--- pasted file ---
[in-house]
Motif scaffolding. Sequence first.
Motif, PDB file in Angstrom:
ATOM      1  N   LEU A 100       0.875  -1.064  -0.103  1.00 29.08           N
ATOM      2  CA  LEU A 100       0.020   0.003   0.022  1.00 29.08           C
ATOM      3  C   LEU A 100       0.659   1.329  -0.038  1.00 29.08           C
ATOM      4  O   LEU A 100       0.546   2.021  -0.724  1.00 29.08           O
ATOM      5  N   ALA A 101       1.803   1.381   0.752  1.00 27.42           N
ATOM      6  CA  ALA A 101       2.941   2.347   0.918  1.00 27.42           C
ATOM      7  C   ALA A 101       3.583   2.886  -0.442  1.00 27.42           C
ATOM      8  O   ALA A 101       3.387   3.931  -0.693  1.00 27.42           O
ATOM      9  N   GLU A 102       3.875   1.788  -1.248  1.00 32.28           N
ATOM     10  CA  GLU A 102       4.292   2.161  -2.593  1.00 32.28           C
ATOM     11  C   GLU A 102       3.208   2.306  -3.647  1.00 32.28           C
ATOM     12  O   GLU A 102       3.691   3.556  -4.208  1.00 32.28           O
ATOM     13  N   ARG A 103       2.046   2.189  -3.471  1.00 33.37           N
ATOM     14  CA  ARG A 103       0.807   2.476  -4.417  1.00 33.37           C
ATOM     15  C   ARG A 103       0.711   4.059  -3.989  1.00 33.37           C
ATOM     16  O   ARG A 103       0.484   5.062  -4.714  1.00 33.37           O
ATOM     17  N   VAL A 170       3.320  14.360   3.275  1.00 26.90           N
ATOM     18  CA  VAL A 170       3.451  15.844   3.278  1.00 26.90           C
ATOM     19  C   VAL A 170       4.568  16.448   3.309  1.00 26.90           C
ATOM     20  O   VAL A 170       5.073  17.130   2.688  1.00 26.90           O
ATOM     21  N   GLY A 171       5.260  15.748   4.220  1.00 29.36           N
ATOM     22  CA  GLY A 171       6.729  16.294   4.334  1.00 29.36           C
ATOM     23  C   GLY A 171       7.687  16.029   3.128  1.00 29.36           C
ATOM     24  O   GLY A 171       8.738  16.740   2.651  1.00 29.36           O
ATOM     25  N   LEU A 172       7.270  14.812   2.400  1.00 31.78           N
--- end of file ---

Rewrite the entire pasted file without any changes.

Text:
[in-house]
Motif scaffolding. Sequence first.
Motif, PDB file in Angstrom:
ATOM      1  N   LEU A 100       0.875  -1.064  -0.103  1.00 29.08           N
ATOM      2  CA  LEU A 100       0.020   0.003   0.022  1.00 29.08           C
ATOM      3  C   LEU A 100       0.659   1.329  -0.038  1.00 29.08           C
ATOM      4  O   LEU A 100       0.546   2.021  -0.724  1.00 29.08           O
ATOM      5  N   ALA A 101       1.803   1.381   0.752  1.00 27.42           N
ATOM      6  CA  ALA A 101       2.941   2.347   0.918  1.00 27.42           C
ATOM      7  C   ALA A 101       3.583   2.886  -0.442  1.00 27.42           C
ATOM      8  O   ALA A 101       3.387   3.931  -0.693  1.00 27.42           O
ATOM      9  N   GLU A 102       3.875   1.788  -1.248  1.00 32.28           N
ATOM     10  CA  GLU A 102       4.292   2.161  -2.593  1.00 32.28           C
ATOM     11  C   GLU A 102       3.208   2.306  -3.647  1.00 32.28           C
ATOM     12  O   GLU A 102       3.691   3.556  -4.208  1.00 32.28           O
ATOM     13  N   ARG A 103       2.046   2.189  -3.471  1.00 33.37           N
ATOM     14  CA  ARG A 103       0.807   2.476  -4.417  1.00 33.37           C
ATOM     15  C   ARG A 103       0.711   4.059  -3.989  1.00 33.37           C
ATOM     16  O   ARG A 103       0.484   5.062  -4.714  1.00 33.37           O
ATOM     17  N   VAL A 170       3.320  14.360   3.275  1.00 26.90           N
ATOM     18  CA  VAL A 170       3.451  15.844   3.278  1.00 26.90           C
ATOM     19  C   VAL A 170       4.568  16.448   3.309  1.00 26.90           C
ATOM     20  O   VAL A 170       5.073  17.130   2.688  1.00 26.90           O
ATOM     21  N   GLY A 171       5.260  15.748   4.220  1.00 29.36           N
ATOM     22  CA  GLY A 171       6.729  16.294   4.334  1.00 29.36           C
ATOM     23  C   GLY A 171       7.687  16.029   3.128  1.00 29.36           C
ATOM     24  O   GLY A 171       8.738  16.740   2.651  1.00 29.36           O
ATOM     25  N   LEU A 172       7.270  14.812   2.400  1.00 31.78           N